12. The Winston Blue Diamond: $23.8 million

This blue diamond was bought by Harry Winston Inc. at Christie’s Geneva Magnificent Jewels sale in May 2014 for $23.8 million. The 13.22 carat diamond was originally called The Blue but renamed by Nayla Hayek, the CEO of Harry Winston.

Certified by the Geological Institute of America as Fancy Vivid Blue with flawless clarity, The Winston Blue has a pear shape. It is flanked by two shield shape colorless diamonds.

11. The Orange Diamond: $35.5 million

One of the rarest types of gemstone, pure orange diamonds get their color from nitrogen elements. Named simply The Orange, this pear-shaped stone weighs 14.82 carats.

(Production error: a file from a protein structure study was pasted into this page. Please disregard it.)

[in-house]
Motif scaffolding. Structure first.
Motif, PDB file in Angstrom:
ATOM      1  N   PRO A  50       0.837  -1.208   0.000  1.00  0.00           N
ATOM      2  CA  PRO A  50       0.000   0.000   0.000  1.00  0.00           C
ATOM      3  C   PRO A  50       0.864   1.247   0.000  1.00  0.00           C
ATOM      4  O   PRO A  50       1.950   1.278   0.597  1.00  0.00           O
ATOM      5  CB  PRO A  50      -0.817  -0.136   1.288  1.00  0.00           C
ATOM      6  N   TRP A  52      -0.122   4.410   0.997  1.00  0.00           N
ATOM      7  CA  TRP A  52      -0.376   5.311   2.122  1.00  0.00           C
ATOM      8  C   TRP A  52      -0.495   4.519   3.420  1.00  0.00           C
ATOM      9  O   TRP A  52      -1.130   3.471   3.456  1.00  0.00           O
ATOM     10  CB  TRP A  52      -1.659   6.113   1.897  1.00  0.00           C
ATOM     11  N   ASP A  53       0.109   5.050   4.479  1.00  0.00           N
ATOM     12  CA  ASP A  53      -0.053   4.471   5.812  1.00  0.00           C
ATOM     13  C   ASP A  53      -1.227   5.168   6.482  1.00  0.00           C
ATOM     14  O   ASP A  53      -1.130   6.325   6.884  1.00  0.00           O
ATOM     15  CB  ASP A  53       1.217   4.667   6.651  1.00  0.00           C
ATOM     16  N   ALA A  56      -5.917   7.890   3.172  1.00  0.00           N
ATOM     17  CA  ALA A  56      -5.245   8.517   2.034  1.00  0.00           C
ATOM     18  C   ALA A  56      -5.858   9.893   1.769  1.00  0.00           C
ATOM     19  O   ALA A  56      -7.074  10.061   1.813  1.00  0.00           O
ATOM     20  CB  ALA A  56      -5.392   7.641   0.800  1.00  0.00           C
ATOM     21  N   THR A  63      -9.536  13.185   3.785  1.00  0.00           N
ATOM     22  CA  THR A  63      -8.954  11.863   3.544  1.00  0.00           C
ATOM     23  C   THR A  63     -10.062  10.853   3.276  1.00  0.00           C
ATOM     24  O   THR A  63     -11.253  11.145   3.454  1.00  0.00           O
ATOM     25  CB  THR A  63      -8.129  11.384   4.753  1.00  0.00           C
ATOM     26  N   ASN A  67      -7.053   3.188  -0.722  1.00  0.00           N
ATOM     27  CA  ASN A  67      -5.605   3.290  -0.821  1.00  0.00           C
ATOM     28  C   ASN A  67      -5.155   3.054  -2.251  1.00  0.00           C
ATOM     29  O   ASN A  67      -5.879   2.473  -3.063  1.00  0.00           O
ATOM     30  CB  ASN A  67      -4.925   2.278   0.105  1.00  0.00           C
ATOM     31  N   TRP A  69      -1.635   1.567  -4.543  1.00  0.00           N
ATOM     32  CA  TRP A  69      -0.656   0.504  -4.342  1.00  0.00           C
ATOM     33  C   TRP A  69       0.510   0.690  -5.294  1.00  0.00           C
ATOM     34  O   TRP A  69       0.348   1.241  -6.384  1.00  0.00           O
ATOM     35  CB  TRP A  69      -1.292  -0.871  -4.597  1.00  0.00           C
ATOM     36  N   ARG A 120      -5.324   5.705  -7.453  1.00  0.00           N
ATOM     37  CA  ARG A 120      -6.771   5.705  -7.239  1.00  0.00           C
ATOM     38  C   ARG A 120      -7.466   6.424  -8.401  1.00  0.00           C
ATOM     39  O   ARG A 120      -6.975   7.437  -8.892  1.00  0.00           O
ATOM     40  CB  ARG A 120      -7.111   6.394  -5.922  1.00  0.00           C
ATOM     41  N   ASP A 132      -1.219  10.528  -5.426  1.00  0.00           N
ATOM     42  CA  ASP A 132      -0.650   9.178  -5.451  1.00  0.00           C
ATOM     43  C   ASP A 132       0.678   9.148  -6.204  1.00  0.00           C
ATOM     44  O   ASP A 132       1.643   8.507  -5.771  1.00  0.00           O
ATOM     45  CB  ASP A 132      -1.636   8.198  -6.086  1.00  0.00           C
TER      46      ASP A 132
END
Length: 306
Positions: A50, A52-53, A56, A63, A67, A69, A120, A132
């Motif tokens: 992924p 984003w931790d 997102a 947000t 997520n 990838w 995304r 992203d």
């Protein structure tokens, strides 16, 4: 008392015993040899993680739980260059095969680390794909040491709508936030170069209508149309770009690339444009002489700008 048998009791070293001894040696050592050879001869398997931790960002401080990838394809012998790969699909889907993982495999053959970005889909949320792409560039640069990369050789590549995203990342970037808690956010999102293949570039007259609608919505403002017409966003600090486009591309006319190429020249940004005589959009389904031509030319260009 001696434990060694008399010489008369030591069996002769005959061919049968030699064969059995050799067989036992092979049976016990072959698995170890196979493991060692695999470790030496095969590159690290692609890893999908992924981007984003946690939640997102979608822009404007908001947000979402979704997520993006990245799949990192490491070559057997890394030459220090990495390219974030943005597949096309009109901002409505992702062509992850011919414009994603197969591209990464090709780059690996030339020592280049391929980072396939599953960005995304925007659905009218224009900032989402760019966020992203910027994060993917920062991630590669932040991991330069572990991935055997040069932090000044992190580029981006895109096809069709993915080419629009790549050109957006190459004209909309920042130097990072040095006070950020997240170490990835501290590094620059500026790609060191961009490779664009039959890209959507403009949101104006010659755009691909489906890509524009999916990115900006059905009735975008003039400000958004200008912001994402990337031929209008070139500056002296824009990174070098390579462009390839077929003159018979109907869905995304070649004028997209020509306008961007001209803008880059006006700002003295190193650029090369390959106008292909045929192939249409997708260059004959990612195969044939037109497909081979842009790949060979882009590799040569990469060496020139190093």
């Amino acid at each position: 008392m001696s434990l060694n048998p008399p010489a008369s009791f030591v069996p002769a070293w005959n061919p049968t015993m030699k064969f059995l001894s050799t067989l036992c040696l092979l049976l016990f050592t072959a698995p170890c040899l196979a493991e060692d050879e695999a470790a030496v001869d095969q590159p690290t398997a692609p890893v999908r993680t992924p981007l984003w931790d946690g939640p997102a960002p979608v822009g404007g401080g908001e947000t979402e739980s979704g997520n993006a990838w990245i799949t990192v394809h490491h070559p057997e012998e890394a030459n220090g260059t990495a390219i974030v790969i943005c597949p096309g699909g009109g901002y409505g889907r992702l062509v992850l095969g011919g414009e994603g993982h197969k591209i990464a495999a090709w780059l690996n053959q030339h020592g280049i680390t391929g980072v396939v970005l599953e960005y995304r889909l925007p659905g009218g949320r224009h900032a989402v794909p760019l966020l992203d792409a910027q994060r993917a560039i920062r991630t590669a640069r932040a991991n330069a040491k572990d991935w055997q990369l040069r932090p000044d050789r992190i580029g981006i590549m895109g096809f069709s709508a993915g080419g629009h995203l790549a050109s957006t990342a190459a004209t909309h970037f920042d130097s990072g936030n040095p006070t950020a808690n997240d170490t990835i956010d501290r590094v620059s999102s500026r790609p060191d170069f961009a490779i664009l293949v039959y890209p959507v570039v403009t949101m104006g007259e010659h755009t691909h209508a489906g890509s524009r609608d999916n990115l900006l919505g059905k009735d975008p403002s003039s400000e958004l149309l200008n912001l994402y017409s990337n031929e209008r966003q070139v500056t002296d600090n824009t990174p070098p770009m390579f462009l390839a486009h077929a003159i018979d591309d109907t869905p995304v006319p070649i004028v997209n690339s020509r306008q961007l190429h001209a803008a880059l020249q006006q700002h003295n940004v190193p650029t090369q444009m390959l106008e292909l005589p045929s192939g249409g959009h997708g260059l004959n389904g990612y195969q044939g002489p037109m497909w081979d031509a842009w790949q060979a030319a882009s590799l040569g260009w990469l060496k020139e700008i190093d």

Rated the largest Fancy Vivid Orange diamond graded by the Gemological Institute of America at the time of the report, this exceptional stone sold for $35.5 million at Christie’s Geneva Magnificent Jewels Sale in 2013.

10. The Princie: $39.3 million

Discovered in the Golconda Mines in India more than 300 years ago, The Princie Diamond weighs 36.65 carats. Graded a Fancy Intense Pink, it takes on an orangey-red hue when exposed to ultraviolet light.

The diamond takes its name from Sayajirao Gaekwad, the son of Sita Devi, Maharanee of Baroda. In 2013, the gemstone was sold at Christie’s in New York to an anonymous phone bidder.

9. The Graff Pink Diamond: $46.2 million

A rare 24.78 carat Vivid Pink diamond, The Graff is named after Laurence Graff, who acquired it at the Sotheby’s Magnificent Jewels Sale in Geneva in 2010.